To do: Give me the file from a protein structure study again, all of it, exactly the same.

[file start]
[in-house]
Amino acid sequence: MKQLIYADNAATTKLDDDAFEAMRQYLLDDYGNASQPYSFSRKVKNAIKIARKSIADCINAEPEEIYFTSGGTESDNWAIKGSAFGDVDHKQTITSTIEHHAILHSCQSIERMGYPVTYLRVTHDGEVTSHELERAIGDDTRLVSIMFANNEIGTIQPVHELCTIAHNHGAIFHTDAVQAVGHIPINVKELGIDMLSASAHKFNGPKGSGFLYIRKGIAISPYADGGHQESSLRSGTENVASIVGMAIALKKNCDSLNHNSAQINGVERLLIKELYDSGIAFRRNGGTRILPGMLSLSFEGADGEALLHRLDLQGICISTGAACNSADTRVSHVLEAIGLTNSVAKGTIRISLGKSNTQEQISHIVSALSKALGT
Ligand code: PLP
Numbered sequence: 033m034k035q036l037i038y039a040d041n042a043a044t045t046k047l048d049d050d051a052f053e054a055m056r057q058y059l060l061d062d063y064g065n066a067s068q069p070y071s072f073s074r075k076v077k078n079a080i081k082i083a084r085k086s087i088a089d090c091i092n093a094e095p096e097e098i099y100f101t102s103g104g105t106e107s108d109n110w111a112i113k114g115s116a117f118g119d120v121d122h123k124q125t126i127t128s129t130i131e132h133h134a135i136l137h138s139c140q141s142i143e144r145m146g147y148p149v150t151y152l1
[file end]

[in-house]
Amino acid sequence: MKQLIYADNAATTKLDDDAFEAMRQYLLDDYGNASQPYSFSRKVKNAIKIARKSIADCINAEPEEIYFTSGGTESDNWAIKGSAFGDVDHKQTITSTIEHHAILHSCQSIERMGYPVTYLRVTHDGEVTSHELERAIGDDTRLVSIMFANNEIGTIQPVHELCTIAHNHGAIFHTDAVQAVGHIPINVKELGIDMLSASAHKFNGPKGSGFLYIRKGIAISPYADGGHQESSLRSGTENVASIVGMAIALKKNCDSLNHNSAQINGVERLLIKELYDSGIAFRRNGGTRILPGMLSLSFEGADGEALLHRLDLQGICISTGAACNSADTRVSHVLEAIGLTNSVAKGTIRISLGKSNTQEQISHIVSALSKALGT
Ligand code: PLP
Numbered sequence: 033m034k035q036l037i038y039a040d041n042a043a044t045t046k047l048d049d050d051a052f053e054a055m056r057q058y059l060l061d062d063y064g065n066a067s068q069p070y071s072f073s074r075k076v077k078n079a080i081k082i083a084r085k086s087i088a089d090c091i092n093a094e095p096e097e098i099y100f101t102s103g104g105t106e107s108d109n110w111a112i113k114g115s116a117f118g119d120v121d122h123k124q125t126i127t128s129t130i131e132h133h134a135i136l137h138s139c140q141s142i143e144r145m146g147y148p149v150t151y152l1